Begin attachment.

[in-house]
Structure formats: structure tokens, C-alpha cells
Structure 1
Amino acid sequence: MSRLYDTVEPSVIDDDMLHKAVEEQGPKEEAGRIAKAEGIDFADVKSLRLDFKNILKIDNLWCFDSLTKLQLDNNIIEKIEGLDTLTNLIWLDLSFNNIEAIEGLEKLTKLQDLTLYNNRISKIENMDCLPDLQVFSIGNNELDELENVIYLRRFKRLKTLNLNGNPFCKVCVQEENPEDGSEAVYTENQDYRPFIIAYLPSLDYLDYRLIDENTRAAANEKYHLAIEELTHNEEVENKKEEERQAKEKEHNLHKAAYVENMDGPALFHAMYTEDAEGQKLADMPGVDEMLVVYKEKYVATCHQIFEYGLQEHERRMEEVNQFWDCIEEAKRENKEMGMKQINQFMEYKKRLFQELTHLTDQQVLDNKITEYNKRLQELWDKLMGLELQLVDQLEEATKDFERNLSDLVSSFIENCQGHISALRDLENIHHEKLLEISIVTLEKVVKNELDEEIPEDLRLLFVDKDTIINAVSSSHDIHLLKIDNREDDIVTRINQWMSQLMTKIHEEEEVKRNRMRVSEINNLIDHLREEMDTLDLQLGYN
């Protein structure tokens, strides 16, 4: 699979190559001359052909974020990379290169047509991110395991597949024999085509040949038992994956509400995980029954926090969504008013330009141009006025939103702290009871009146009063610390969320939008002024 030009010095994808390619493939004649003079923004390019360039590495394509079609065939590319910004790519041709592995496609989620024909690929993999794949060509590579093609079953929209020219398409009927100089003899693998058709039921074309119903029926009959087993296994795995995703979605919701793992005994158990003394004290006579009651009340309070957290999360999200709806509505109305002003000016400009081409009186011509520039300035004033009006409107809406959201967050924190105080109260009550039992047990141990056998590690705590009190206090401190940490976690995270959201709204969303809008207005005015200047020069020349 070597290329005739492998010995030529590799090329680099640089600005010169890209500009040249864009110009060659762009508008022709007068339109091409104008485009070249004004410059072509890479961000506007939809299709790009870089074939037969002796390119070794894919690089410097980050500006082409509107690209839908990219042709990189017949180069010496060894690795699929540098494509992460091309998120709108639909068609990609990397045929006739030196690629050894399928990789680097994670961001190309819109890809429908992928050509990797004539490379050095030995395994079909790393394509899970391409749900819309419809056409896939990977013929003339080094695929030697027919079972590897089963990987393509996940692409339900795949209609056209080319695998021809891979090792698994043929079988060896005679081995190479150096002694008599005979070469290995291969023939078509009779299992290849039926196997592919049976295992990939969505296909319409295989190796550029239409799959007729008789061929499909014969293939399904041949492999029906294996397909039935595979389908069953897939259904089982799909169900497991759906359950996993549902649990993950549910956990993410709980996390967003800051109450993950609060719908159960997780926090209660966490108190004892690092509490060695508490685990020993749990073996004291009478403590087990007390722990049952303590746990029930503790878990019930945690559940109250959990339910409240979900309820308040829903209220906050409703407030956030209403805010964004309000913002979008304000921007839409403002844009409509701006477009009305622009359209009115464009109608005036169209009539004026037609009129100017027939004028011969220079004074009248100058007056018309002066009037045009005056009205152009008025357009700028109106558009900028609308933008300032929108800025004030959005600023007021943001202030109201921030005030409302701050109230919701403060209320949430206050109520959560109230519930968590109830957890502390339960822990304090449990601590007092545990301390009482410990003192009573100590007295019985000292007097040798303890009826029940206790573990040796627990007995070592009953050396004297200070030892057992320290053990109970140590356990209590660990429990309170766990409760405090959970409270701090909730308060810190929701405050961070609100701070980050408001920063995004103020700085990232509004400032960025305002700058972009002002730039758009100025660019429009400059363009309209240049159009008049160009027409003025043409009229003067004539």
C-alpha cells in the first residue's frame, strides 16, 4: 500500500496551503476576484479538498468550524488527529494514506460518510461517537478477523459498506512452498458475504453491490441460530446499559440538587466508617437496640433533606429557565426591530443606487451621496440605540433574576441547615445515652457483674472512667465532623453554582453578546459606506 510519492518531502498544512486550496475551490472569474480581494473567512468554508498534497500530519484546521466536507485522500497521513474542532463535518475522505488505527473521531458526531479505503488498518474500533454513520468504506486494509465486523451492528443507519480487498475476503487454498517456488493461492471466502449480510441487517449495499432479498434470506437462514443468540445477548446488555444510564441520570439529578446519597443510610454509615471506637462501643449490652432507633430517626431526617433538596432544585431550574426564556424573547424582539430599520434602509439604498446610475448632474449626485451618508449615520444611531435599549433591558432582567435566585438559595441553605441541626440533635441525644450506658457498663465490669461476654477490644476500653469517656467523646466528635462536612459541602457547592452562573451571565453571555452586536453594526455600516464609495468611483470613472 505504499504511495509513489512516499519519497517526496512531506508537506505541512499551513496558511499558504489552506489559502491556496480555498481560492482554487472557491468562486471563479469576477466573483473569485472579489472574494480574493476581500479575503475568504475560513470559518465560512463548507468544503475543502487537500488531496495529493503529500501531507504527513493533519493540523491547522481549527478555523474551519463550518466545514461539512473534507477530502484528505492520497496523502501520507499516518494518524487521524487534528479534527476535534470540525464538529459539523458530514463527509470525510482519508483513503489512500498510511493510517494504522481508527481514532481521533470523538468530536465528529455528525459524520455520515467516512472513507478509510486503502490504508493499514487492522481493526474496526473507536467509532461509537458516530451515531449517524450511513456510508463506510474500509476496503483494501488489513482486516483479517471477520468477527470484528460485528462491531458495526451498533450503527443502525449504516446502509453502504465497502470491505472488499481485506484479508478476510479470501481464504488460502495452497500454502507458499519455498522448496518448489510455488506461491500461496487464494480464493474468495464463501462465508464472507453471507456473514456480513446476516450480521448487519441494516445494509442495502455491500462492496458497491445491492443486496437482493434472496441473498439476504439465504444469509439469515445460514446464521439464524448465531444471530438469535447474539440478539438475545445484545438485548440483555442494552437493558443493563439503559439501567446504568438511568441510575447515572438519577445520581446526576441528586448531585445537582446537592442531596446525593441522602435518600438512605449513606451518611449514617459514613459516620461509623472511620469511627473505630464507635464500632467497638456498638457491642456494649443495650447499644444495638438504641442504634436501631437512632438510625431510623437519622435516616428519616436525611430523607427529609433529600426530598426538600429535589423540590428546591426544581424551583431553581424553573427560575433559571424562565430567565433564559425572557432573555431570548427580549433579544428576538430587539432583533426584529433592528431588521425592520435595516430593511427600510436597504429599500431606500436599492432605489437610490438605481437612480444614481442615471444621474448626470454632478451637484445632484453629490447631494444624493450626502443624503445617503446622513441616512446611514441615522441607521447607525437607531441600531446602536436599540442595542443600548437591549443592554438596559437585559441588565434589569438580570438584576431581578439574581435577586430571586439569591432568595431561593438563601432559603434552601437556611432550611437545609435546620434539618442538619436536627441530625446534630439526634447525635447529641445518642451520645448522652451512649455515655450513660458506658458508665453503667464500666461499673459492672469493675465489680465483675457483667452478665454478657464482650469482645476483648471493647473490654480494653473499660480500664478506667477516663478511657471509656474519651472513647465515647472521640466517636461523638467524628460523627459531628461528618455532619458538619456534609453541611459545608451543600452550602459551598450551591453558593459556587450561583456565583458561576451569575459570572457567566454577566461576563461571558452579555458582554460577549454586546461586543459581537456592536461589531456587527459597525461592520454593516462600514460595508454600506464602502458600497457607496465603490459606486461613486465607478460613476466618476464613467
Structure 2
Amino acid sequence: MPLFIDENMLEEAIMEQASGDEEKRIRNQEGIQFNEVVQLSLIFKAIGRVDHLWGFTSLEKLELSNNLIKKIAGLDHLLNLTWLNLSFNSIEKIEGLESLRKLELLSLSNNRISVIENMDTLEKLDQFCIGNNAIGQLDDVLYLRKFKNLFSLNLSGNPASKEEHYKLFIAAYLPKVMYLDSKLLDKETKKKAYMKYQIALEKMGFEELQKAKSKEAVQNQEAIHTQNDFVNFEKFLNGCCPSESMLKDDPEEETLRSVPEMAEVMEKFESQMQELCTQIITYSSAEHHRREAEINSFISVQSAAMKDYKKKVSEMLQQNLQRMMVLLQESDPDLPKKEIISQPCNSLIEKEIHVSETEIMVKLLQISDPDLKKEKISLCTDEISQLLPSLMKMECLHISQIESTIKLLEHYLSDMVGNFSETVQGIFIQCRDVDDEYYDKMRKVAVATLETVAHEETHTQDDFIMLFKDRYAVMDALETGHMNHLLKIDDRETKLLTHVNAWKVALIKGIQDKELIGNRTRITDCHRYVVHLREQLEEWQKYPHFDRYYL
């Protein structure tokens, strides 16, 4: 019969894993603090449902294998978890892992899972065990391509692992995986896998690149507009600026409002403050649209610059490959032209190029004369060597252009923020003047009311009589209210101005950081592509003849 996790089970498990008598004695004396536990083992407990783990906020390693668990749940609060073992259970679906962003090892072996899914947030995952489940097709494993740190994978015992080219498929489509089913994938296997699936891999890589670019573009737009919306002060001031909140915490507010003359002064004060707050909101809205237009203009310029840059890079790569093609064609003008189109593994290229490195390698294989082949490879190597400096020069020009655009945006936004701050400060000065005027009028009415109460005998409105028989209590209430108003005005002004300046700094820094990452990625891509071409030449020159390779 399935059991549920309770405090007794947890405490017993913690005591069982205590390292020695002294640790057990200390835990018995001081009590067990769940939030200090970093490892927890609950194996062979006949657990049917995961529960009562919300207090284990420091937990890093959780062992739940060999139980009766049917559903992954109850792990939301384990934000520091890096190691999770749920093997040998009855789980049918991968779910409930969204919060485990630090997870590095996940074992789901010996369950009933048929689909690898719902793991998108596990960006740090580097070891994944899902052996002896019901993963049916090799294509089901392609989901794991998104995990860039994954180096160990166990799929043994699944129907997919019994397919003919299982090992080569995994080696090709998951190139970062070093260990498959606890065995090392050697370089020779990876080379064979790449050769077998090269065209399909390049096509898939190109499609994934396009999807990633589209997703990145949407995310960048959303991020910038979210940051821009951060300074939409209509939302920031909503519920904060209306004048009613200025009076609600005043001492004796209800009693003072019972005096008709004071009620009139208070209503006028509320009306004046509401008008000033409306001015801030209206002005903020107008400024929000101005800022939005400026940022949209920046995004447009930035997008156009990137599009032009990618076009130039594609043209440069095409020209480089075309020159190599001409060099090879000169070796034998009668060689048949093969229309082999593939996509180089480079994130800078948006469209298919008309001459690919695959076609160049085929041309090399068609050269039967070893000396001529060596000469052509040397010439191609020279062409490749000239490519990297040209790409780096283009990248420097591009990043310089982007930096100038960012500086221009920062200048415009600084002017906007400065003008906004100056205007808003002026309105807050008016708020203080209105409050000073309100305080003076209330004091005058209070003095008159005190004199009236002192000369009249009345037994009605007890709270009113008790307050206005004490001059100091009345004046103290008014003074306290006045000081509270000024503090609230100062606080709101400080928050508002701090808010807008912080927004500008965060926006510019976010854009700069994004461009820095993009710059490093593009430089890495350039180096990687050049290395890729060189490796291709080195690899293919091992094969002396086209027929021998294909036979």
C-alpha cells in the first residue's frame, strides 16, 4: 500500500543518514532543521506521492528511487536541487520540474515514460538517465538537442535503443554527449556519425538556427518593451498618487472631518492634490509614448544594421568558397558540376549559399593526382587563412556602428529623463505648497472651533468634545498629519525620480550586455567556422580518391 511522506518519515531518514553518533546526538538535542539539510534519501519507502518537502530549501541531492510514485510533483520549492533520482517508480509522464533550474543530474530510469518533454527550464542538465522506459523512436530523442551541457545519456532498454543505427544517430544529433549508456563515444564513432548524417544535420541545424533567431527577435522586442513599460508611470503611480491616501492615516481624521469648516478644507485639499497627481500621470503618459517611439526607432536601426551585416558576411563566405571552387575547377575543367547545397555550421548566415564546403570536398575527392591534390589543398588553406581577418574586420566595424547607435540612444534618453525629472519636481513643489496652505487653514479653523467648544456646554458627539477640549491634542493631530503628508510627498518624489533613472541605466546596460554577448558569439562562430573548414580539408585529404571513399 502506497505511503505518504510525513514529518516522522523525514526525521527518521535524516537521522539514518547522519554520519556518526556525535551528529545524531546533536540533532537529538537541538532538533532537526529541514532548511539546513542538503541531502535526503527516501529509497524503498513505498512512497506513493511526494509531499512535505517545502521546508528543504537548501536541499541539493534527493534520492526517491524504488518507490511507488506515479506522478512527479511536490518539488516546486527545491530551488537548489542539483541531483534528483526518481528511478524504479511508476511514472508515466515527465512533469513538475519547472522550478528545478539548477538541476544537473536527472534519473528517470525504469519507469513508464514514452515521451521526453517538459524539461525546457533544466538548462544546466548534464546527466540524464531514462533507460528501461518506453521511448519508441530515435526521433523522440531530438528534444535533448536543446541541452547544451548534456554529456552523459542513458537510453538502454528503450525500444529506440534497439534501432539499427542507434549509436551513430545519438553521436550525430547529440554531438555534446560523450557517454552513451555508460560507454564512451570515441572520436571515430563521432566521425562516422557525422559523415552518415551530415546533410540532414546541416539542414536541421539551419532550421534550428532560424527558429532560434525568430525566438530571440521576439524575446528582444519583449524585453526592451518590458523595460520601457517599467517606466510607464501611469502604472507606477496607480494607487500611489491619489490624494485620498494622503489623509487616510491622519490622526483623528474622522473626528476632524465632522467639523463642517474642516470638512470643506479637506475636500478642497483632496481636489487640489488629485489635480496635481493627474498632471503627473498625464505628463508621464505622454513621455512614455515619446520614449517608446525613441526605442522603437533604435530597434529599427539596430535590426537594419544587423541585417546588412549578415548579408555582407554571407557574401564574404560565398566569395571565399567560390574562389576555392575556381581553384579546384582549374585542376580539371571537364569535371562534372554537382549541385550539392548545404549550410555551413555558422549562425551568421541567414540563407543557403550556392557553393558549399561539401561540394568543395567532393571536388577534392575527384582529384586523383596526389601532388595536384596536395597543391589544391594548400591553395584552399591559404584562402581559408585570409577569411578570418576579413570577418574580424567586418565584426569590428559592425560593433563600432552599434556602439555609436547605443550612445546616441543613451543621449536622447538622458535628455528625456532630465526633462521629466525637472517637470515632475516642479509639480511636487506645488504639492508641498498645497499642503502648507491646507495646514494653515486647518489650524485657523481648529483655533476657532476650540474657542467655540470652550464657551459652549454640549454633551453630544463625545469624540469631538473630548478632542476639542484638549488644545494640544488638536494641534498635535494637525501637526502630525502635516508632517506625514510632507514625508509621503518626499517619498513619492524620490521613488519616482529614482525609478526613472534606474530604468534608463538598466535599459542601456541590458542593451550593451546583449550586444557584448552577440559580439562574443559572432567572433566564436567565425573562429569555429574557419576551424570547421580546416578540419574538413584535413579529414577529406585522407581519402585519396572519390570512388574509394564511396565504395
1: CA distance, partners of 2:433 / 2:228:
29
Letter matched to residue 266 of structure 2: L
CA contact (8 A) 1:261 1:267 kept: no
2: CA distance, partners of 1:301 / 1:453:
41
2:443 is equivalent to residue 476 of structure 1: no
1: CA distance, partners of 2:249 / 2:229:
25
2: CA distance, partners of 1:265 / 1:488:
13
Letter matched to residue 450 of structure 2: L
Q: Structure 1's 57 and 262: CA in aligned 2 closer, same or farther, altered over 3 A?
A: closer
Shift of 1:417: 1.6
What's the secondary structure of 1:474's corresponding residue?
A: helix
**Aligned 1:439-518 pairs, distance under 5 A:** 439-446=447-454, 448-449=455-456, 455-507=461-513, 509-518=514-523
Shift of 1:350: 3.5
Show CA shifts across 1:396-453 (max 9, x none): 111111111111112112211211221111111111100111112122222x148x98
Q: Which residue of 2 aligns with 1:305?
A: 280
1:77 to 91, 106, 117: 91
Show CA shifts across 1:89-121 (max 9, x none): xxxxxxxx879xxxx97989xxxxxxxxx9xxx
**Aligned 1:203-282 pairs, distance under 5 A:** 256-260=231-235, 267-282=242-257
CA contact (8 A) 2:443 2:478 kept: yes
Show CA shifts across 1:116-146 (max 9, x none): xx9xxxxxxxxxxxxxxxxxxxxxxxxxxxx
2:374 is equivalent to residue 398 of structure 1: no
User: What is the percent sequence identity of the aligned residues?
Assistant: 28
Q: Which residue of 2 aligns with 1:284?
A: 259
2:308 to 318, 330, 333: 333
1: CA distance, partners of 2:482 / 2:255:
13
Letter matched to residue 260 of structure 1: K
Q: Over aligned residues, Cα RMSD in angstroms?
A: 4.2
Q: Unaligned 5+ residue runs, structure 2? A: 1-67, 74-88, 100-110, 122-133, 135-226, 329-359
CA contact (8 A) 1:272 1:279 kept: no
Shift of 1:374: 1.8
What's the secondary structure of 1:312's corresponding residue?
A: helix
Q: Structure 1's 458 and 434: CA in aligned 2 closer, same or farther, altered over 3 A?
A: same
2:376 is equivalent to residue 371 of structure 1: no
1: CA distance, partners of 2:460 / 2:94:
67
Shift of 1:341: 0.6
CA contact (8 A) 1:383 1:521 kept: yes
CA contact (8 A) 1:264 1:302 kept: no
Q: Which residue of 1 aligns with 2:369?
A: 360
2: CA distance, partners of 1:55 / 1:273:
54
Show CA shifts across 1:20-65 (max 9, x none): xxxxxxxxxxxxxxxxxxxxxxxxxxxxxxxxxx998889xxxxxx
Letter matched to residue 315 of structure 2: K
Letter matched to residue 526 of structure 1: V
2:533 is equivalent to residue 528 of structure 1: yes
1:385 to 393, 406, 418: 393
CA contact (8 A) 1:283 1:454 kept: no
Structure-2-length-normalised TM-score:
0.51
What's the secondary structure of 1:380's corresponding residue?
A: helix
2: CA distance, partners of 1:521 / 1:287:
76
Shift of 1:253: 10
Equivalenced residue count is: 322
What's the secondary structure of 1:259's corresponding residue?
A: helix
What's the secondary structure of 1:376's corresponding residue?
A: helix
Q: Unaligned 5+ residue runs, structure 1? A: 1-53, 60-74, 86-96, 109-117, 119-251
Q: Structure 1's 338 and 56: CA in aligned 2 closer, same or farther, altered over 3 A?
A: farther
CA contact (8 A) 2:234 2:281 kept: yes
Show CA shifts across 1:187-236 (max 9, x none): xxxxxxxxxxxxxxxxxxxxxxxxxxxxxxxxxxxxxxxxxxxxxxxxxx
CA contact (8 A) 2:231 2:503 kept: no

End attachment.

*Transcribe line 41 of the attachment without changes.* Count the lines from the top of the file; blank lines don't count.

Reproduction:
Q: Which residue of 2 aligns with 1:284?